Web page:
YEP Letters: April 1

Jeremy Corbyn visits Tata Steel in Scunthorpe.
Jeremy Corbyn visits Tata Steel in Scunthorpe.
Have your say

Check out today’s YEP letters

Standing up for the steel industry

John Appleyard, Liversedge

Good to see Labour leader Jeremy Corbyn standing up for British Steel workers who face massive job losses.

Steel is another industry that was privatised by Margaret Thatcher’s government in the 1980s and now we see the consequences.

The current Tory government has announced plans to sell off the Land Registry, a profitable public service that records the sale of houses and land.

This is another short sighted move to make a quick buck.

This could mean a worse service and a hike in price for all of us.


How much will government stump up?

Councillor Richard Lewis, Leeds City Council’s Executive Member for Regeneration, Transport and Planning.

I doubt if the content of Monday’s article on funding for flood defences (‘Twice as much money spent on flood defences in South’) will have come as much as a surprise to your readers.

It seems that there is always enough money to tackle the problems of areas like the Somerset Levels with a miniscule population, while a different set of considerations apply to metropolitan areas like Leeds.

It took a public outcry to get a belated commitment to funding a feasibility scheme for Leeds out of Liz Truss; even then there was a distinct failure to understand the urgency of the scheme.

Now the Council has received confirmation that the city will receive £4.5 million towards dealing with infrastructure damage from Storm Eva estimated at around £8.7 million (although this is likely to rise as damage to the highways and footpaths in isolated locations comes to light over the coming weeks and months).

The relatively good news is that the Environment Agency has come forward to assist with the £600,000 to cover the damage to work in progress on the city centre flood alleviation scheme.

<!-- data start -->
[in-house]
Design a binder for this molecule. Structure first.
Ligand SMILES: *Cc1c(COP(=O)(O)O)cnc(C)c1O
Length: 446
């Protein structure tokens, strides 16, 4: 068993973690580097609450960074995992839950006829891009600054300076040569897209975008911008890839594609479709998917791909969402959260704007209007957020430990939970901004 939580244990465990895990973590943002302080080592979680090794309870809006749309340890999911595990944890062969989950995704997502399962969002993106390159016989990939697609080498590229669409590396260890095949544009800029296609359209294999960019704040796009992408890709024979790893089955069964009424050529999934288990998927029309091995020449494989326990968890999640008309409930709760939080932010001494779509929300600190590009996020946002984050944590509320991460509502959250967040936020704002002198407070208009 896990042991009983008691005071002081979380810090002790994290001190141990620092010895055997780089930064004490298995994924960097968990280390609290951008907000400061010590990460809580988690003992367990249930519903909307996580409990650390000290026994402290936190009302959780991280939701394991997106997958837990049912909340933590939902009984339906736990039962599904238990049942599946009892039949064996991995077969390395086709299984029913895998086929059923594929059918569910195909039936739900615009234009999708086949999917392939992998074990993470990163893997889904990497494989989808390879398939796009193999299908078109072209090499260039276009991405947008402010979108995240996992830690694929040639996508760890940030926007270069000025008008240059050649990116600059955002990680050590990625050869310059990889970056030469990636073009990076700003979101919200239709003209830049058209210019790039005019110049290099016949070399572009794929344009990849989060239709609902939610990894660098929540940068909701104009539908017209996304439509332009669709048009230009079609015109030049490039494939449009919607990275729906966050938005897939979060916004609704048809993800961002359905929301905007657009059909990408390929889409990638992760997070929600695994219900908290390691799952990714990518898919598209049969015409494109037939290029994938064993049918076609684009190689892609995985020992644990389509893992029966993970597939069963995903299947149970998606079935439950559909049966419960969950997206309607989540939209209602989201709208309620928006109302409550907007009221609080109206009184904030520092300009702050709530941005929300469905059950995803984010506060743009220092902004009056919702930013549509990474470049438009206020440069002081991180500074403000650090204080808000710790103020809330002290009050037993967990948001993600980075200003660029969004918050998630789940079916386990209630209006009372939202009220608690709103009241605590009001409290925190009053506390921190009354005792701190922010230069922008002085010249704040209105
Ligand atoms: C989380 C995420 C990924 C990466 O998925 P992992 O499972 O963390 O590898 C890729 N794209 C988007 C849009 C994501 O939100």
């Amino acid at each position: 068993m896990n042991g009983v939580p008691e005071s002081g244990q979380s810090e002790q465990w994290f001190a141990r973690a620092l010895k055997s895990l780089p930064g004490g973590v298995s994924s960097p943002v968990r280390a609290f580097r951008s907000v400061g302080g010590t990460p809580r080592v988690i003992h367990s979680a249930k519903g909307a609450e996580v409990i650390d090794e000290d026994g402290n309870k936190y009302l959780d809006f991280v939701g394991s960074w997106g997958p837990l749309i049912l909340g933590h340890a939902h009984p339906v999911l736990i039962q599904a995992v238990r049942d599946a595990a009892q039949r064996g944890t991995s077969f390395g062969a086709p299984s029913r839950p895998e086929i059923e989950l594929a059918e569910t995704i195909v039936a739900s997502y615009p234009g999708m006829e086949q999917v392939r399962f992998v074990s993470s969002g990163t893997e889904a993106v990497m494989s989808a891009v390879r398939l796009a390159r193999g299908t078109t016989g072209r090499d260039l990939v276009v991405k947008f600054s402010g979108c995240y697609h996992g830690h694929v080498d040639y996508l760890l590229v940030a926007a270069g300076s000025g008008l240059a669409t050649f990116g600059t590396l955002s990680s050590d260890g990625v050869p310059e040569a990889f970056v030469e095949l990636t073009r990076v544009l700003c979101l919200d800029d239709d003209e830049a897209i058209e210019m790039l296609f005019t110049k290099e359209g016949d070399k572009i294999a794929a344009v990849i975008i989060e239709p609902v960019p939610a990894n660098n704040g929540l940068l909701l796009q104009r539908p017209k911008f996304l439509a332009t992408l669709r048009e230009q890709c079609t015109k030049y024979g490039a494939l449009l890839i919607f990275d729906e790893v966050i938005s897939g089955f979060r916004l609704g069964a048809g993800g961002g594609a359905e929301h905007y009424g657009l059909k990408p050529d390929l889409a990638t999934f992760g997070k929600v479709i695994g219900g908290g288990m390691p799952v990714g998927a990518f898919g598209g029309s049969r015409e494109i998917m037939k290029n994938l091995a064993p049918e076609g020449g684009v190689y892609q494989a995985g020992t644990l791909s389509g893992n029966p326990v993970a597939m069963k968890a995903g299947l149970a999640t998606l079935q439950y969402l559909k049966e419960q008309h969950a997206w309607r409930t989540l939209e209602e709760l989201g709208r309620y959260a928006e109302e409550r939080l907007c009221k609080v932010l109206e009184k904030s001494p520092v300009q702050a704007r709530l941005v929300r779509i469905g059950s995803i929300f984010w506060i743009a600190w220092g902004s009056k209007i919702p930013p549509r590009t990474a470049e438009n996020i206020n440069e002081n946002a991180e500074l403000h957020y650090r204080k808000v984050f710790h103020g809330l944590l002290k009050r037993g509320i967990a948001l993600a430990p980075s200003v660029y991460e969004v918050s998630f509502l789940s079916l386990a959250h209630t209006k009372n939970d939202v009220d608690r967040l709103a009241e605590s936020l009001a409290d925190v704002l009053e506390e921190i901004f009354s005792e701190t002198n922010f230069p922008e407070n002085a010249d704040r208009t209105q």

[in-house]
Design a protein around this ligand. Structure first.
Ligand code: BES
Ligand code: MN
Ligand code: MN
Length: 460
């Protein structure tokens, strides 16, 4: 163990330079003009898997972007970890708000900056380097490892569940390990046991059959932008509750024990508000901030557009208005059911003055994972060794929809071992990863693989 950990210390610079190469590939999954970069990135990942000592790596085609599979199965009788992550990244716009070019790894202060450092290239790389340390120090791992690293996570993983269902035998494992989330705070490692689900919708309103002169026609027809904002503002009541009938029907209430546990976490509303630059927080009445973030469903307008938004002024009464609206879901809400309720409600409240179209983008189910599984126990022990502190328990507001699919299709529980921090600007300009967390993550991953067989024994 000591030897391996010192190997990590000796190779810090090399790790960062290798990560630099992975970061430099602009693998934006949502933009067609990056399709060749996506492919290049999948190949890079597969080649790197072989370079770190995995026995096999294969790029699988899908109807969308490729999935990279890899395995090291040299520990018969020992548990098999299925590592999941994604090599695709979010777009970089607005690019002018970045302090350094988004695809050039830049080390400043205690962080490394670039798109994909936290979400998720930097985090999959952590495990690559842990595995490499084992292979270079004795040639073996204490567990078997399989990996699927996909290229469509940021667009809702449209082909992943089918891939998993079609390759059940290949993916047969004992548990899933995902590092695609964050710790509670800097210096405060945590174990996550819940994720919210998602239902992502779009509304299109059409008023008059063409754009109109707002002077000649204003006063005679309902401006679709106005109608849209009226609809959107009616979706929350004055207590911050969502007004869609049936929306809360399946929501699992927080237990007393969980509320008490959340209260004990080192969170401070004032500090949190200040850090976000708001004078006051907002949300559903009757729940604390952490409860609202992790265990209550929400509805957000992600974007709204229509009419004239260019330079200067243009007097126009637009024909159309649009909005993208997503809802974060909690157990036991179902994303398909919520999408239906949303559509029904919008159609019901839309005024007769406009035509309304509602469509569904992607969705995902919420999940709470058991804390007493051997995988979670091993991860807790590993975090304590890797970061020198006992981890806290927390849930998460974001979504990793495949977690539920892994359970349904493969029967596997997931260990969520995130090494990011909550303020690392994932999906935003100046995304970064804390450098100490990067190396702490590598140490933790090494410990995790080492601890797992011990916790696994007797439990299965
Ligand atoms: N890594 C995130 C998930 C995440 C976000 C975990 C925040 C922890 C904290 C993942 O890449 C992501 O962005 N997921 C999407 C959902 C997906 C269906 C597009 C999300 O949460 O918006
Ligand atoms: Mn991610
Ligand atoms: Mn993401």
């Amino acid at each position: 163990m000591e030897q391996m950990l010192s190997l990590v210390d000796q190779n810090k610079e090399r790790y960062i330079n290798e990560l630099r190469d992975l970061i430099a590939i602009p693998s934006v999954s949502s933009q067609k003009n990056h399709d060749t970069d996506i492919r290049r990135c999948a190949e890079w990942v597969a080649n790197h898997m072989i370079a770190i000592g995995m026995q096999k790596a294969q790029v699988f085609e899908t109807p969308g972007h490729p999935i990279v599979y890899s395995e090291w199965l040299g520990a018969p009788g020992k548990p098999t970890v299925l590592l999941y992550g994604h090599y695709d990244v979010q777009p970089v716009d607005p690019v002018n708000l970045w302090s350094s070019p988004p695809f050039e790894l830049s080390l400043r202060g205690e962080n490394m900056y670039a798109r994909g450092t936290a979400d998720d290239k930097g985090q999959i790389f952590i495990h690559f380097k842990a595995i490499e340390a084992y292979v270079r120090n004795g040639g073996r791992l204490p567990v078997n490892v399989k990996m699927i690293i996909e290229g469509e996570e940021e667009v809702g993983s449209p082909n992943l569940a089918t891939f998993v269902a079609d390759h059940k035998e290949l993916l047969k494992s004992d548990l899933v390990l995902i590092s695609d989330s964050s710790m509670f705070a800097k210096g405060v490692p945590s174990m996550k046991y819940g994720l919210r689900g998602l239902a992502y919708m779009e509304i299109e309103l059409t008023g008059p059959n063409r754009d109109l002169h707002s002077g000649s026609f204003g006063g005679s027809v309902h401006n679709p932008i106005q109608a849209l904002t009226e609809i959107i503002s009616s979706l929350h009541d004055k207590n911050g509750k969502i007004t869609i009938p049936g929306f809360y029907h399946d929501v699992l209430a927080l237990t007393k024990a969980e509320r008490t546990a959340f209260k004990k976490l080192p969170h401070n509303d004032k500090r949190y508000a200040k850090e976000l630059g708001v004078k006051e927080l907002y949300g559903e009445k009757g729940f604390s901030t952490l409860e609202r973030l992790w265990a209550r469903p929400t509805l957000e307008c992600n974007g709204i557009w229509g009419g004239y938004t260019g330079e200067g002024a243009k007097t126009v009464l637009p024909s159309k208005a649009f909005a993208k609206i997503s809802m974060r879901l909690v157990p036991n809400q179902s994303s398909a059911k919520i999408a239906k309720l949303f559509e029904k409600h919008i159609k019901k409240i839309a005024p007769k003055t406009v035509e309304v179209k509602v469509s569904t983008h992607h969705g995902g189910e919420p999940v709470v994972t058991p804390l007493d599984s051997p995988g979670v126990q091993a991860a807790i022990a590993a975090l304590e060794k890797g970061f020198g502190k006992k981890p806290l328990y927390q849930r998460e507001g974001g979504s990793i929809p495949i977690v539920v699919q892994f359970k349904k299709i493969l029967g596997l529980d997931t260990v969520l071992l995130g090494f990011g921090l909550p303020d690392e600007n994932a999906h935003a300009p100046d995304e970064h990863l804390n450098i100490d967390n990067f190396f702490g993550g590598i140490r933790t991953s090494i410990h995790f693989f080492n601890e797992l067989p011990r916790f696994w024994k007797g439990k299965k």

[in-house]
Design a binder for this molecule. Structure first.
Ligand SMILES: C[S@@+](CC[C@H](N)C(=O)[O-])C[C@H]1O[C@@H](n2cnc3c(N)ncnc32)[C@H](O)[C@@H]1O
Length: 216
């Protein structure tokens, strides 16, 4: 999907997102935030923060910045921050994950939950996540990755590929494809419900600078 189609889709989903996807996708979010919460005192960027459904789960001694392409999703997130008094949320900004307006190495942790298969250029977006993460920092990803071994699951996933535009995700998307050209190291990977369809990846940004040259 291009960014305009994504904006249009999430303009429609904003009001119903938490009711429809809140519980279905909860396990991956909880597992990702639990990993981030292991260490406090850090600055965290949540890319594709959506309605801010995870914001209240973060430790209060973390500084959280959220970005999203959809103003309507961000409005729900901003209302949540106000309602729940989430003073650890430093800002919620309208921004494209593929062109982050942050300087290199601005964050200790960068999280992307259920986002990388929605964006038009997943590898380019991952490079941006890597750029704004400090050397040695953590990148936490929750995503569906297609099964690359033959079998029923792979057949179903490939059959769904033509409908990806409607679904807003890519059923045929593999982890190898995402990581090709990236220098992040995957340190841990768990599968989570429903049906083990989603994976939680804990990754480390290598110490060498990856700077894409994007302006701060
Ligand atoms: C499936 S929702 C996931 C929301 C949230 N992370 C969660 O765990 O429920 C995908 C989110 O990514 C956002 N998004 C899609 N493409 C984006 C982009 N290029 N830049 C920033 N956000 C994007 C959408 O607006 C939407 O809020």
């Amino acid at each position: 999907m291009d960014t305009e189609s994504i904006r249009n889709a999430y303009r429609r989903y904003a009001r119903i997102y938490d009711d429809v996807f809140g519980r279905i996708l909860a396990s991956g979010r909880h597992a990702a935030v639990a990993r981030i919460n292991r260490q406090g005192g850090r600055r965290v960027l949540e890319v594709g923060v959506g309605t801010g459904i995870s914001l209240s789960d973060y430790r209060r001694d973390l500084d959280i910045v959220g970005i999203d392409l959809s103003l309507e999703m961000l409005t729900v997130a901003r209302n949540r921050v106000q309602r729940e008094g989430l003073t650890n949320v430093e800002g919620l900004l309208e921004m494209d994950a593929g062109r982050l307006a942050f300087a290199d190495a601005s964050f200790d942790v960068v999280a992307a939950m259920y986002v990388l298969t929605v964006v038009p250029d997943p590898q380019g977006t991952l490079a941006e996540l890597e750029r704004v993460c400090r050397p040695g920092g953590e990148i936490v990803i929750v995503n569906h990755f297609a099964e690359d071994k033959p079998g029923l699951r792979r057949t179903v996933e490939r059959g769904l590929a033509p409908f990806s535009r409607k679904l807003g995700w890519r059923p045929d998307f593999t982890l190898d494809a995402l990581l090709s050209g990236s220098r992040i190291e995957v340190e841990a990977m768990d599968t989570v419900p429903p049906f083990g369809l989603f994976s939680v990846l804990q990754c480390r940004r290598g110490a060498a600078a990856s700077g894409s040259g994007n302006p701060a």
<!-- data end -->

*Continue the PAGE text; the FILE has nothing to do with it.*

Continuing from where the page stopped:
Despite its cost, Leeds City Council is committed to repairing the bridge at Linton. The major funding headache is left with the Canals and Rivers Trust, which has a £3 million repair bill for work to the east of the city centre.

But Storm Eva wasn’t the sum total of our woes.

There were considerable flooding problems in the weeks running up to Christmas in places which have seldom caused a problem in previous years and we won’t be able to ignore them if we’re to protect the homes of Leeds citizens.

So, after all the warm words and promises, how much will the Government stump up?

Will Yorkshire get parity of treatment with the South East in this vital area?

Bring on the revolution?

Alex Gillies, Leeds 14

Is this TA TA to the UK steel industry?

Maybe it’s time for the UK citizens to vote ta ta to the dreaded European Courts of Justice / Human Rights, as they only benefit lawyers and law breakers. Ta ta to the Commonwealth as they remove our Union flag from their standards and I believe we’ve more than paid for our so called plundering of their commodities.

Then we can say ta ta to Cameron and Osborne and a great big hello to standing up and facing the future alone as we’ve done since kicking butt to the Romans (hiccup with the Normans), Napoleon and Hitler. All we need is a leader. I’m pretty sure she/he is not sitting as an MP in the House of Commons in this present session.

So all you students that have been studying politics in the pub for the best part of five years, now is the chance to make Britain great again and not only the fifth richest country but number one in the world. By earning our wages and spending it in our own country, not see it trousered by those oversea investors that pay no tax on profits from your sweat and labour. Bring on the revolution?

No right to make statement

F Ward, Leeds 8